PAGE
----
What is responsive settling?
Responsive settling is the most sensitive way for parents to settle their baby when the baby is going to sleep. Many babies need help as they learn the skills they need to settle. Responsive settling uses evidence-based techniques which are based on a baby’s age and stage of development.
Younger babies generally need more help and support to go to sleep than older babies who can learn how to self-settle.
How do I know my baby is tired?
Like adults, babies give cues or signals when they’re tired. Yawning, jerky movements, facial grimacing, rubbing eyes, lack of focus and fussiness are common signs of tiredness. Some babies rub their ears, snuggle into their parent’s chest, or their eyebrows become red.
Babies who are always nursed, fed or rocked to sleep don’t have the opportunity to learn skills in settling on their own. It’s normal for very young babies to want their parents close and to fall asleep when they’re being nursed or fed.
As babies get older and their brain matures, they may need less 'parent-assisted' settling and can learn more independent settling skills.
What should I do before I settle my baby?
Check your baby has a dry nappy, is comfortably dressed and showing tired signs. Babies tend to settle more easily after they’ve been fed.
Always follow the safe sleeping guidelines and place your baby on their back to sleep. You may want to use a swaddle or sleeping bag for your baby.
How do I settle my baby?
Depending on your baby's age, there are different ways you can settle them down.
Settling in arms (up to 3 months)
This responsive settling strategy is ideal for newborns and babies aged up to 3 months. Wrap or swaddle your baby so they feel secure and comfortable.
Hold them gently in your arms, rocking and soothing them until they’re asleep. Once they’re calm or sleeping, transfer them gently into their cot.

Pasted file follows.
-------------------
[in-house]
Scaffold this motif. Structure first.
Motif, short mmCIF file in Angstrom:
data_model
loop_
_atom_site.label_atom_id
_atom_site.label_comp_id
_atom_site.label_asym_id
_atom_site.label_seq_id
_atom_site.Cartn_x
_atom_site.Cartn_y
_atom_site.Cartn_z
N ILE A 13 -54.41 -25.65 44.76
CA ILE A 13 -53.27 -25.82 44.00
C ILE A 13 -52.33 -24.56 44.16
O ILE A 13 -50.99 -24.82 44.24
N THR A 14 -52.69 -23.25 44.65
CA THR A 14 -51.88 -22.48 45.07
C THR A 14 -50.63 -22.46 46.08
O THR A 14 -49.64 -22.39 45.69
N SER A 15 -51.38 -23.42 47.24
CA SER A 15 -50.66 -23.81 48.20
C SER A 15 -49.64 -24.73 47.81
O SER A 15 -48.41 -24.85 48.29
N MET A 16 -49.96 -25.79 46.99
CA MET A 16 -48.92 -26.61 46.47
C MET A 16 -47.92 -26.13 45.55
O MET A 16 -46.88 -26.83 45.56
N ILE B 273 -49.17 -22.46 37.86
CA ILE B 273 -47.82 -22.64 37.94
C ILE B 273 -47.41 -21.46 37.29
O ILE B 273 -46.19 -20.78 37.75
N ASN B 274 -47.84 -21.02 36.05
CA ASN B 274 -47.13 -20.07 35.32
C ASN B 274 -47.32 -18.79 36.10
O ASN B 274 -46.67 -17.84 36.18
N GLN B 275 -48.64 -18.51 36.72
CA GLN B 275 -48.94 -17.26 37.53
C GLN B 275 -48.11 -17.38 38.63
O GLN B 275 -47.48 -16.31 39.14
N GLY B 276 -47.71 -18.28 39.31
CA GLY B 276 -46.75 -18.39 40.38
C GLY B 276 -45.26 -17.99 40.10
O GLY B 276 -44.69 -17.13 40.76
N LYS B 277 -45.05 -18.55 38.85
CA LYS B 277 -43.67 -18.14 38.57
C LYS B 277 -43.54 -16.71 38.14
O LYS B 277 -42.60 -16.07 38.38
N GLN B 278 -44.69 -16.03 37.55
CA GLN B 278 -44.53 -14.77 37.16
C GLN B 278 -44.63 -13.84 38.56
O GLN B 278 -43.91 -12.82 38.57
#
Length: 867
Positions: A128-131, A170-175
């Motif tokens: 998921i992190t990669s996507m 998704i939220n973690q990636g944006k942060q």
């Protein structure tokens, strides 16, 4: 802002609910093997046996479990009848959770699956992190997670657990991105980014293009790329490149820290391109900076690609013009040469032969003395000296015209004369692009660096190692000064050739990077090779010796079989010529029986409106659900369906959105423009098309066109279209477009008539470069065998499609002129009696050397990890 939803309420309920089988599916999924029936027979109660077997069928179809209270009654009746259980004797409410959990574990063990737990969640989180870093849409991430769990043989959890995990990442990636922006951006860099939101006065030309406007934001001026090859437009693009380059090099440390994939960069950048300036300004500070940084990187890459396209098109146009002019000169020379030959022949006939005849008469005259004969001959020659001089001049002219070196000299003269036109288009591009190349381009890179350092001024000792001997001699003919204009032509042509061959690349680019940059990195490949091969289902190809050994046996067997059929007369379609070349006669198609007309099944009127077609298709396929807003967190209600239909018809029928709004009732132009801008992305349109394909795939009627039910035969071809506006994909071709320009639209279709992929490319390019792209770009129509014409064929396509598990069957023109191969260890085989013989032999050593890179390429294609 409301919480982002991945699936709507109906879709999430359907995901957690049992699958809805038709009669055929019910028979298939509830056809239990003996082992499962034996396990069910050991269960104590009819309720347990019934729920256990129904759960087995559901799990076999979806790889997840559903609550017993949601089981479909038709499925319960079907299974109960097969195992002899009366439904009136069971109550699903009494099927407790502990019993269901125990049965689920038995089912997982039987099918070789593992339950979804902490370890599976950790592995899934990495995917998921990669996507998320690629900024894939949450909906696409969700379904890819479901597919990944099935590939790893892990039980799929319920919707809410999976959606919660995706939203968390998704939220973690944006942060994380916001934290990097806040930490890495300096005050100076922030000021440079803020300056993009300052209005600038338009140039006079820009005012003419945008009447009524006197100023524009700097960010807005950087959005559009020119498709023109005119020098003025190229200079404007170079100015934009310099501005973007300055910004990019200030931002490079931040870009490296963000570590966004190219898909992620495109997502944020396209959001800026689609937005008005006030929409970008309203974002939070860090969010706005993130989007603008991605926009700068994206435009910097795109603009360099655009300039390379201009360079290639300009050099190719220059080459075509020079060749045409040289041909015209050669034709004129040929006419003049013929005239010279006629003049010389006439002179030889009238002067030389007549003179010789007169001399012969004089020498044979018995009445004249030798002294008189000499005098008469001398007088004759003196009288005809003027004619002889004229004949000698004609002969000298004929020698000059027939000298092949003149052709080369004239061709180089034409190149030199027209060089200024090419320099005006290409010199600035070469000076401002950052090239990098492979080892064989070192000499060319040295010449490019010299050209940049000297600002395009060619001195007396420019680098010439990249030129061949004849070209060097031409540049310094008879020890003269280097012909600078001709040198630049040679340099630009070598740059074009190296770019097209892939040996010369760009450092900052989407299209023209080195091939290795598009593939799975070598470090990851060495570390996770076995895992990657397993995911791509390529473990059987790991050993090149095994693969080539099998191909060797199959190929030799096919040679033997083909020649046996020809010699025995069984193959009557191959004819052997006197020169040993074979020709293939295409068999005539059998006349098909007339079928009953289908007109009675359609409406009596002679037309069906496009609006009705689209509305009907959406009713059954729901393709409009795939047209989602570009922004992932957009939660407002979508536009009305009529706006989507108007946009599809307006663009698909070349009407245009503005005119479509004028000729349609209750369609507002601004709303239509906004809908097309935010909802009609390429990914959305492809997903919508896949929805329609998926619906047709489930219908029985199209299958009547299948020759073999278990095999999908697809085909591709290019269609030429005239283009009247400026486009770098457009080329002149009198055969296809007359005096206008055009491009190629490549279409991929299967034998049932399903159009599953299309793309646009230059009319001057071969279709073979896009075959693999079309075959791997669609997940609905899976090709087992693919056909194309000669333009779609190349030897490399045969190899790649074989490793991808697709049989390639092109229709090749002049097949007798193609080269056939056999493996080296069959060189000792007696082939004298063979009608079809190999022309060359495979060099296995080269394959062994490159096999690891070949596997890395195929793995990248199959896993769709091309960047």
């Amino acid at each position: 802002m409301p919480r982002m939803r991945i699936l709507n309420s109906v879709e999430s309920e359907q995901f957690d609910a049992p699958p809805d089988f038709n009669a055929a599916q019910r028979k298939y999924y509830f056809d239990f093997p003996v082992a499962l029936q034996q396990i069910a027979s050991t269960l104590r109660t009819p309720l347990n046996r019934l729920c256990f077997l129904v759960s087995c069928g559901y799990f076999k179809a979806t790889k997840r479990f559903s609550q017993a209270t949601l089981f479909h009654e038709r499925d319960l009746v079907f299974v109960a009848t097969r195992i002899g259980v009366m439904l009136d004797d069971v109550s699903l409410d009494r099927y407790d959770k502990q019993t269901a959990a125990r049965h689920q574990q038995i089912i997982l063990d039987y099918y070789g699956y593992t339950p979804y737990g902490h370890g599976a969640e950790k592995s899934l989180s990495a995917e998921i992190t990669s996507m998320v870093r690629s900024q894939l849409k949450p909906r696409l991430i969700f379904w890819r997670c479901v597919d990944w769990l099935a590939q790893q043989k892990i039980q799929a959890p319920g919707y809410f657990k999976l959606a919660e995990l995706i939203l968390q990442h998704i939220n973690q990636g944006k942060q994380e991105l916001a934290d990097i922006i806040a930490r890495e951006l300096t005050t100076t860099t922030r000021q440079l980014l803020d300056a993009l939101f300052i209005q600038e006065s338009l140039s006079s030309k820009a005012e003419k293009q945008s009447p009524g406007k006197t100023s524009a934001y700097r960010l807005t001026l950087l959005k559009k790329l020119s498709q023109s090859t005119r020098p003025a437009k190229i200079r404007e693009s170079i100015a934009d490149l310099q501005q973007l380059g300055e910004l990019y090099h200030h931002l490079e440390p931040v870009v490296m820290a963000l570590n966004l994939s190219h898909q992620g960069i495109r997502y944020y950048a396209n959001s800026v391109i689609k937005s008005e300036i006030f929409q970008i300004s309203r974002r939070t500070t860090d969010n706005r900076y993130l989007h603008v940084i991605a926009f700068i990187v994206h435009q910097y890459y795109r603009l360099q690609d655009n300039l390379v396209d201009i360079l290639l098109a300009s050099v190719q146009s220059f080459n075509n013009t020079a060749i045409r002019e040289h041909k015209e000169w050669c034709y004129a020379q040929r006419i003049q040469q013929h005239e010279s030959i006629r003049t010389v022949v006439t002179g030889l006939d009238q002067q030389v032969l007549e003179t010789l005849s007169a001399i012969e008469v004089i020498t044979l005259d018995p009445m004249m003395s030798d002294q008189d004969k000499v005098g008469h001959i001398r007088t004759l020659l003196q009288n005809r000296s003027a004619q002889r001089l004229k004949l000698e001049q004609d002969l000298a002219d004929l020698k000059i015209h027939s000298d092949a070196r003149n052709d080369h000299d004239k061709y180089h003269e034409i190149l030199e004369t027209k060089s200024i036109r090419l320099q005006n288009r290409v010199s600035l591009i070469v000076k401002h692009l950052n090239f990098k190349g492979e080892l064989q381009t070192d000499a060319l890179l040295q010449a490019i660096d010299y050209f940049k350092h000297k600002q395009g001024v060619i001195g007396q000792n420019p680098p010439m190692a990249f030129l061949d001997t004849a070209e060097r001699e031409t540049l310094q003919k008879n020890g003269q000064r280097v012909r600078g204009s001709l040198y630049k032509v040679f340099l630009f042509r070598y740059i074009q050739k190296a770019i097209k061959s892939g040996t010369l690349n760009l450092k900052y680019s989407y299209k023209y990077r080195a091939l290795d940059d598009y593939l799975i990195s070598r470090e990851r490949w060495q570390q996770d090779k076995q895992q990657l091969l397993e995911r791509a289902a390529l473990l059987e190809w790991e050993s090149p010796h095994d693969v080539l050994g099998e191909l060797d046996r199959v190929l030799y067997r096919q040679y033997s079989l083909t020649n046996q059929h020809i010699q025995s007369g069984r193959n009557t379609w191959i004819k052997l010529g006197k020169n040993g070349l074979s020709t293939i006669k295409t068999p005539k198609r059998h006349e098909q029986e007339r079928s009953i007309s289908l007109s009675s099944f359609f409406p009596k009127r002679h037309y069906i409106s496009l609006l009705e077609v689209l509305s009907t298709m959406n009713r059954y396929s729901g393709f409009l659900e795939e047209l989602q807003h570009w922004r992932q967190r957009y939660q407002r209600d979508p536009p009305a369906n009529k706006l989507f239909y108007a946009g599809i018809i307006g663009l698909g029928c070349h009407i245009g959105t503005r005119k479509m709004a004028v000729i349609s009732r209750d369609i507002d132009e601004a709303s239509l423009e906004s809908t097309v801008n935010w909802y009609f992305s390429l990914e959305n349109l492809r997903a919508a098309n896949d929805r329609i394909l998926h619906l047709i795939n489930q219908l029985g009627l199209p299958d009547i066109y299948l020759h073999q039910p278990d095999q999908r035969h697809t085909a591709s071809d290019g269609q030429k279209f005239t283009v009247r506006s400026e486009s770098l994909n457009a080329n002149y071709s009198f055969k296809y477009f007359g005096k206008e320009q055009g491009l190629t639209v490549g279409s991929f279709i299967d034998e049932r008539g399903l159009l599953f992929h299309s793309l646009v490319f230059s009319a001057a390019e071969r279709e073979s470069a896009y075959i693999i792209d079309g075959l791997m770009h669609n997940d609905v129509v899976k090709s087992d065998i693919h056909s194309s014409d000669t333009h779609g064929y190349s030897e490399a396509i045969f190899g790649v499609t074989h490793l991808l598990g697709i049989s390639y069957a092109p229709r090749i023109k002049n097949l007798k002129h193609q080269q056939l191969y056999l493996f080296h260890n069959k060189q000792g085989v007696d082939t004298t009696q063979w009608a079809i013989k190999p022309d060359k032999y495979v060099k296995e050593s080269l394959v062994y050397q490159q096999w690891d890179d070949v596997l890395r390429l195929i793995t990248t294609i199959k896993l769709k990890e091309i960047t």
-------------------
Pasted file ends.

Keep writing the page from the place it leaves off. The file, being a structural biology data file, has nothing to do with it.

You may need to pat or stroke your baby for a few minutes until they settle in their cot.
Hands on settling (3 to 6 months)
Ideal for babies aged 3-6 months. Calm and soothe your baby in your arms and when they are relaxed, place them into their cot. Place your hands gently on your baby and pat and 'shush' as they calm.
Leave your hands on your baby until they have gone to sleep. Some babies prefer being patted with one hand at the same time the parent is patting the cot mattress.
You may want to sit on a chair beside their cot and pat through, or over the cot rails.
Comfort settling (6 months and older)
Comfort settling, or controlled comforting, is ideal for babies aged 6 months and older. Place your baby into their cot after a cuddle and tell them it's sleep time.
Gently pat for a few minutes until they are calm and then leave the room. Stay outside while listening to the pitch and intensity of your baby’s cry. Return to them at regular intervals to offer comfort.
The goal of comfort settling is to support your baby in learning self-settling skills while still being available to comfort them if needed.
Transition settling, also known as 'camping out', is an option for parents who are keen to stay close to their baby when they are settling, while supporting their skills in self-soothing.
Place your baby into their cot when they’re showing tired signs and pat them until they’re calm.
Take your hand away and stay in the room, 'shushing' and soothing until they go to sleep.
Responsive settling tips for all ages
- Try not to miss your baby’s ‘sleep window’ — when they are showing tired signs. They’re more likely to settle easily if they’re not overtired.
- Many babies sleep better in darker, quieter environments.
- It’s important for parents to be flexible and realistic when expecting their baby’s sleeping behaviours to change.
- It takes consistency and the opportunity for lots of practice before babies learn new ways of settling.
- Babies are continually cycling between stages of deep and light sleep. They tend to sleep for longer, more continuous periods if they go to sleep and wake up in their cot.
- Following a regular, pre-settling routine can help babies to learn that it’s sleep time. A quiet transition from active play to calmer interaction e.g. reading a story helps with settling.
- Younger babies need more sleep than older babies. And sleep patterns vary with what else is happening in a baby’s life. Feeding, development, general health and environment all affect a baby’s sleeping habits.
Who can I talk to for advice on sleep and settling?
Check with your child health nurse for individual guidance and support on settling options.
Speak to a maternal child health nurseCall Pregnancy, Birth and Baby to speak to a maternal child health nurse on 1800 882 436 or video call. Available 7am to midnight (AET), 7 days a week.
Learn more here about the development and quality assurance of healthdirect content.
Last reviewed: May 2021